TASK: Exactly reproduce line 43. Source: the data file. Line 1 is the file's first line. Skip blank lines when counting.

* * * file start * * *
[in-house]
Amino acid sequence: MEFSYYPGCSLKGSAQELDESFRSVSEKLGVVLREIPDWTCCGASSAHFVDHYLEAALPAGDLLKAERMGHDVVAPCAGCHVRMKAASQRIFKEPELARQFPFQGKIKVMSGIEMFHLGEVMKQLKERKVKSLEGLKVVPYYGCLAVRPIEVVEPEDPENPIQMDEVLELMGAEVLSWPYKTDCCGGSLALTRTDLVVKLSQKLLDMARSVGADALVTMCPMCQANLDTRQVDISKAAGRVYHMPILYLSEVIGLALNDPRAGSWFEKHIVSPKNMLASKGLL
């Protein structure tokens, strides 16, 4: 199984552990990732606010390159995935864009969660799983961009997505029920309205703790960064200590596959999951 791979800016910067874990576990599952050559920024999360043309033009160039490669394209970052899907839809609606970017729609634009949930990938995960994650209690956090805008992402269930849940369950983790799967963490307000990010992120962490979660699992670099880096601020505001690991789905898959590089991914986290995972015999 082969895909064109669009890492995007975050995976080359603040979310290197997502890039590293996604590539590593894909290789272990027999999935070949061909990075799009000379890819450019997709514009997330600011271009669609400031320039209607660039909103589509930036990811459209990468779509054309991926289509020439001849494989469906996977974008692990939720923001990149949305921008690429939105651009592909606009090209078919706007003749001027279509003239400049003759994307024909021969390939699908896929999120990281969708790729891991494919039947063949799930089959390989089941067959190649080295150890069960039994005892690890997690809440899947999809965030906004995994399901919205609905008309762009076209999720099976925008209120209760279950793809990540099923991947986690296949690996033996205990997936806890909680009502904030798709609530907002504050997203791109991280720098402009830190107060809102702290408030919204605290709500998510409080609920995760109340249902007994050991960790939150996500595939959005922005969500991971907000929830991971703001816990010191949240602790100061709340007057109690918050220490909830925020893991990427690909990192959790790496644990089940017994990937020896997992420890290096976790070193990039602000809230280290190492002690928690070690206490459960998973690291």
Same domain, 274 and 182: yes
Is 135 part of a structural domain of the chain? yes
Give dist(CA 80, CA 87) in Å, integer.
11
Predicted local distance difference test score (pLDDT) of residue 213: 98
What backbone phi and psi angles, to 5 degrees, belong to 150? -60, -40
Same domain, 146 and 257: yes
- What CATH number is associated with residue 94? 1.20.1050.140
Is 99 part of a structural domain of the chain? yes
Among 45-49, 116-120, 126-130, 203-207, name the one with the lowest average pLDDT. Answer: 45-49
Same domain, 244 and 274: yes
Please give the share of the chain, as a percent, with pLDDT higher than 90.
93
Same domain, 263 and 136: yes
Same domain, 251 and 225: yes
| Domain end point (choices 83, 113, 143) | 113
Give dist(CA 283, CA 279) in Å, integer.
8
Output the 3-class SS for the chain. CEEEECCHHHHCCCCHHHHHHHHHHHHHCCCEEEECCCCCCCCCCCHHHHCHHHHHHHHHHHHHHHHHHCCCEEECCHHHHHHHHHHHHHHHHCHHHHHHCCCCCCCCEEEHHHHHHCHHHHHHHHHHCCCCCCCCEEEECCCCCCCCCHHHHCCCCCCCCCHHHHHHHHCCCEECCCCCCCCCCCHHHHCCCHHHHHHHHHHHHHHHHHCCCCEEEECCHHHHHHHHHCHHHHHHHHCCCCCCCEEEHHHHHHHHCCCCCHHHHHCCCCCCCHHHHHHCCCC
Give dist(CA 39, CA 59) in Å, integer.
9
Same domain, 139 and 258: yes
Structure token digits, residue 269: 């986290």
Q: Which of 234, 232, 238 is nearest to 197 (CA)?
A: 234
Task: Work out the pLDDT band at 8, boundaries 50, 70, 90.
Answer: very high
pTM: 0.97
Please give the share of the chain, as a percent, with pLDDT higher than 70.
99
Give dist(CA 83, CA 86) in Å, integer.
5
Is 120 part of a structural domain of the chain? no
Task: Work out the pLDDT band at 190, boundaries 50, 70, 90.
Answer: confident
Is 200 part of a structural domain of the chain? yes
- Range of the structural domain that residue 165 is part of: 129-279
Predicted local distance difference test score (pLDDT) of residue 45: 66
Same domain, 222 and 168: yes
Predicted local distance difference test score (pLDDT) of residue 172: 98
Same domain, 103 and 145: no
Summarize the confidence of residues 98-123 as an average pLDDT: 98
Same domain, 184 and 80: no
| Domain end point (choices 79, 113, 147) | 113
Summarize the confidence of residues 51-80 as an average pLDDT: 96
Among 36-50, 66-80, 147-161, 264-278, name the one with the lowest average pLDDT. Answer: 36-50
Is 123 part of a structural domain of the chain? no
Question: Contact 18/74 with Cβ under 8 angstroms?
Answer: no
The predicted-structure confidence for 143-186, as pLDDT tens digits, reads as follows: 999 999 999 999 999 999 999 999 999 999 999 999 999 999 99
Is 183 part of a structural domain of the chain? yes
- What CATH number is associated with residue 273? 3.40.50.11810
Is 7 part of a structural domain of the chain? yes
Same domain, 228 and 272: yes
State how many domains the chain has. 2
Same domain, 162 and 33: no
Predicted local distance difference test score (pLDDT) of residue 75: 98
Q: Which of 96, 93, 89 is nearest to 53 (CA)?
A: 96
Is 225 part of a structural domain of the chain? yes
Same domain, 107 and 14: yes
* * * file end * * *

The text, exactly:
Predicted local distance difference test score (pLDDT) of residue 172: 98